By Ifeanyi M. Nsofor*
Gavi, the Vaccine Alliance, has selected an African as its new chief executive officer. The appointment of Muhammad Ali Pate, a professor at Harvard University who is a former Nigerian Minister of State for Health and Global Director for Health, Nutrition, and Population at the World Bank, is a welcome development for the entire Global South, which is woefully underrepresented in global health leadership. But Pate’s selection alone will not correct this imbalance.
Pate’s appointment has been widely lauded. Bill Gates of the Bill & Melinda Gates Foundation tweeted, “I have no doubt he will bring learnings from his impressive career in Nigeria and at the World Bank to ensure children have access to lifesaving vaccines.” Gavi Board Chair José Manuel Barroso, a former European Commission president, echoed this sentiment, noting that he looks forward to “working closely” with Pate to advance vaccine equity.
Barroso is right to highlight the issue of equity. As the COVID-19 pandemic demonstrated, there remain massive disparities in global health-care delivery, with some high-income countries having hoarded lifesaving resources, especially personal protective equipment and vaccines. What the media labeled “vaccine nationalism” was, at its core, lethal selfishness, for which the Global South paid the price.
Gavi, together with the Coalition for Epidemic Preparedness Innovations and the World Health Organization, attempted to prevent this outcome with the COVID-19 Vaccines Global Access (COVAX) initiative. COVAX was regarded by its creators as the “only truly global solution” to the COVID-19 pandemic, because it was the “only effort to ensure that people in all corners of the world” had access to vaccines, “regardless of their wealth.”
But COVAX fell far short of this ideal, not least because it reflected a colonial mindset. As Ayoade Alakija, Co-Chair of the African Union (AU) Vaccine Delivery Alliance, explained, those behind COVAX “did not come to us Africans, they did not come to ask our leadership, they did not come to ask our people, ‘What would you like?’”
As Alakija implies, leadership matters. While achieving global health goals must be a collective effort, who paves the way can make all the difference. That is why it is not enough simply to include people with a variety of backgrounds and lived experiences in global health initiatives; diverse figures must be given opportunities to lead.
So far, this has rarely happened. Based on a survey of 198 international organizations, the 2020 Global Health 50/50 report concluded that 83% of global health leaders hail from high-income countries, which account for just 17% of the world population. Moreover, 50% of global health leaders are nationals of just two countries: the United States and the United Kingdom. And a whopping 92% of global health leaders obtained their academic degrees in high-income countries, with 8% having attended Harvard. This entrenched pattern is severely hampering progress on health equity, including vaccine equity.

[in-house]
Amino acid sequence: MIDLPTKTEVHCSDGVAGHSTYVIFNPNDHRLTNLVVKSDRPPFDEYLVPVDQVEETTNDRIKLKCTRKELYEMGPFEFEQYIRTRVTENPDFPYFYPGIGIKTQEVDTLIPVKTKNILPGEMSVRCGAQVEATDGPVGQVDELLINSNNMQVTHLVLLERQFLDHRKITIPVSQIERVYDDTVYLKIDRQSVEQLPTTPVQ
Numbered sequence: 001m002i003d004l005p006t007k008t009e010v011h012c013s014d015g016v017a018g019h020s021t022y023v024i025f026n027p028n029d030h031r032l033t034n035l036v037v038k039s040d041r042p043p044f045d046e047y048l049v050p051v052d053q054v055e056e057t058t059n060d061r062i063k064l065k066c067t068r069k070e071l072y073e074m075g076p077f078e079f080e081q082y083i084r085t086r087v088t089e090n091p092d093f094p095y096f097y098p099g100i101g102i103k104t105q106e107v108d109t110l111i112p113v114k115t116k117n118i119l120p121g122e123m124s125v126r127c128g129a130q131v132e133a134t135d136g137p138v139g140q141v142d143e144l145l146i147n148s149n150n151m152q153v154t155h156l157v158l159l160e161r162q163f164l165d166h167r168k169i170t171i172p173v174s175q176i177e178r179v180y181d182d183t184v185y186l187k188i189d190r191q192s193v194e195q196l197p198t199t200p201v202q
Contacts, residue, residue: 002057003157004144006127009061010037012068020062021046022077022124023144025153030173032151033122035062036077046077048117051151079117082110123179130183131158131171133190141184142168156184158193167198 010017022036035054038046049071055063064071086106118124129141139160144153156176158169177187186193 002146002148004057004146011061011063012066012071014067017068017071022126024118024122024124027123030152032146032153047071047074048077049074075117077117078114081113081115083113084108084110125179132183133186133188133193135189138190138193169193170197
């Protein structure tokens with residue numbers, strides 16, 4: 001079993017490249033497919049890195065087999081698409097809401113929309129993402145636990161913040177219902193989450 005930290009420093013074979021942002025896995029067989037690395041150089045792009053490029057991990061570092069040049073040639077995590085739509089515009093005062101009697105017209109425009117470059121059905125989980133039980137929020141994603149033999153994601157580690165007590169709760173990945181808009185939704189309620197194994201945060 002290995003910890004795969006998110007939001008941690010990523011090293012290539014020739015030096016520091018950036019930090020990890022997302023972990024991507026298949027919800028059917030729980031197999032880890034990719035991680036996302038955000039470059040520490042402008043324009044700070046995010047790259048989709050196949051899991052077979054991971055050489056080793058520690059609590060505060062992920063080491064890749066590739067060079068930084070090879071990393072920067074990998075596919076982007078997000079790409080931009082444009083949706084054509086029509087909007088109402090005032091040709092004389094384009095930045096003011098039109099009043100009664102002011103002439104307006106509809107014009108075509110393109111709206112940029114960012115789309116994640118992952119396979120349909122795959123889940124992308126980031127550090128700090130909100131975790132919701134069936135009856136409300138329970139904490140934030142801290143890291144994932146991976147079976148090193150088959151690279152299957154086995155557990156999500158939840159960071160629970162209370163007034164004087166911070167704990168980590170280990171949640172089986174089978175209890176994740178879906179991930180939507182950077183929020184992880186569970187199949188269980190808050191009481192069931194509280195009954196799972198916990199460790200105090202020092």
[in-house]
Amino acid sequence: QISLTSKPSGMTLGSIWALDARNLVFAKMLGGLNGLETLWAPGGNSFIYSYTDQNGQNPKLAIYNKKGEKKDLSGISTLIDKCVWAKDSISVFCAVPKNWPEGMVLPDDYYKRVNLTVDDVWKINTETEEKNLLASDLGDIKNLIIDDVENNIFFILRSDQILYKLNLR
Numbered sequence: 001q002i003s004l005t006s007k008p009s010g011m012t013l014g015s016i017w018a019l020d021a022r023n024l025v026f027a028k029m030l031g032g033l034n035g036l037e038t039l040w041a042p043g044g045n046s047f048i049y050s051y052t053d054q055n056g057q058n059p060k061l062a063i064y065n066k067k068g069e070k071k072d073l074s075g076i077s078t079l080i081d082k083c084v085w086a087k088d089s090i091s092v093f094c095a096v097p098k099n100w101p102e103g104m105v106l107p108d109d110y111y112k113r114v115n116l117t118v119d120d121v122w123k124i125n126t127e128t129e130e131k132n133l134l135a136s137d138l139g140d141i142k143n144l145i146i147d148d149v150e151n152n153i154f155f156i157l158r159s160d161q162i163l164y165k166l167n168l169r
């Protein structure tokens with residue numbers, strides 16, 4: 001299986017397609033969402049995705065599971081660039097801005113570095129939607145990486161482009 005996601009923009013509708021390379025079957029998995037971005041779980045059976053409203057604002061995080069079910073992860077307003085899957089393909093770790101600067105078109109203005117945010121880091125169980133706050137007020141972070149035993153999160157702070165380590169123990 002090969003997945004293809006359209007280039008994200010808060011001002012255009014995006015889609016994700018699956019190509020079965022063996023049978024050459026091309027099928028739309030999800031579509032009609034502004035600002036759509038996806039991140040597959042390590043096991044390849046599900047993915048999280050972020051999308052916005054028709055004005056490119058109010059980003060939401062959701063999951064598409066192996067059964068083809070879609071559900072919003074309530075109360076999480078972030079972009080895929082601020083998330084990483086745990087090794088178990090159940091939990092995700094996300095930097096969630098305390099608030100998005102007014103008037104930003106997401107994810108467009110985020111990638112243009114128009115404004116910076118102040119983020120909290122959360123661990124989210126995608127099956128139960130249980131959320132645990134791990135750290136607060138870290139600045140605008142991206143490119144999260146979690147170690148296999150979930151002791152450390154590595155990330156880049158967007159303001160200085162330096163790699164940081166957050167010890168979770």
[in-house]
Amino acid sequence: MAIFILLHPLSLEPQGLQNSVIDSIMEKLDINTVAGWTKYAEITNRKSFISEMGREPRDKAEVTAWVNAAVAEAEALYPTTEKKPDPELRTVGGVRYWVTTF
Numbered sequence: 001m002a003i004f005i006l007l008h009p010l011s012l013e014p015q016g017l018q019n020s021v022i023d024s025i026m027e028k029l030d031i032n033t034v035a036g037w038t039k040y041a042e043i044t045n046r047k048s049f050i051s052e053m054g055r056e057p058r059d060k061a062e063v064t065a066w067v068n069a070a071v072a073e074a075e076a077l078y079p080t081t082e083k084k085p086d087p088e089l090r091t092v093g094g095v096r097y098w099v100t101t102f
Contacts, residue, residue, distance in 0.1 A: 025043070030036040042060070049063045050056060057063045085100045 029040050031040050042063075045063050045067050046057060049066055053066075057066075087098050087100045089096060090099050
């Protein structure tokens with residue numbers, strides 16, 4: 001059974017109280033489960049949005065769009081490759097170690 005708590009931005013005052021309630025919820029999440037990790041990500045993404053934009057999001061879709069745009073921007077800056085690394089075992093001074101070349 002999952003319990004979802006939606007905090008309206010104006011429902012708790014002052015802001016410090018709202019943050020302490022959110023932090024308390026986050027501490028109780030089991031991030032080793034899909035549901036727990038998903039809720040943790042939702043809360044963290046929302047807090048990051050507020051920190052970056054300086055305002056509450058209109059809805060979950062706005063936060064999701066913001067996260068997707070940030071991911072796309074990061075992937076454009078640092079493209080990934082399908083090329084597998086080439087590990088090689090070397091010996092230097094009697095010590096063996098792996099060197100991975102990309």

There is no question, then, that the appointment of an African to lead Gavi is a step in the right direction. And Pate appears to be committed to advancing equitable access to vaccines. To that end, one key priority must be to secure a comprehensive waiver of intellectual-property rights on COVID-19 vaccines, as well as therapeutics and diagnostics.
As Harvard Law School’s Bill of Health explains, the World Trade Organization’s Ministerial Decision on the TRIPS Agreement, adopted in June 2022, produced only a limited waiver, covering patent rights on vaccines and protected clinical trial data for use in issuing regulatory approval. Pate must work closely with fellow Nigerian and WTO Director-General Ngozi Okonjo-Iweala to secure a broad waiver before the next pandemic.
Boosting vaccine equity will also require African leaders to reduce their dependence on donor funding for child-vaccination programs. While poverty rates across Africa are high, so are illicit financial flows away from the continent, with nearly $89 billion lost through illicit capital flight each year. Leaders across the public, private, and nonprofit sectors must block these leakages and allocate the proceeds to advance poverty-reduction and development goals, including health imperatives like vaccination.
A larger role for low- and middle-income countries in decision-making at the World Bank’s new Pandemic Fund is also necessary. The fund was created precisely to help such countries invest in their capacities to prevent, prepare for, and respond to outbreaks of infectious disease. Yet the Africa CDC – responsible for coordinating disease-prevention and control for the AU’s 55 member states – has not yet been accredited as a so-called Implementing Entity. Surely an agency that oversees the health security of 16% of the global population should able to participate fully in the Pandemic Fund.
Seeing Pate receive this leadership opportunity makes me both proud, as a fellow Nigerian, and hopeful for the future of health in the Global South. But to decolonize the global health sector and achieve genuine health equity, more must be done. How we collectively fare during the next pandemic depends on it.
*Ifeanyi M. Nsofor, a Senior New Voices Fellow at the Aspen Institute, is a Senior Atlantic Fellow for Health Equity at George Washington University and an Innovation Fellow at PandemicTech.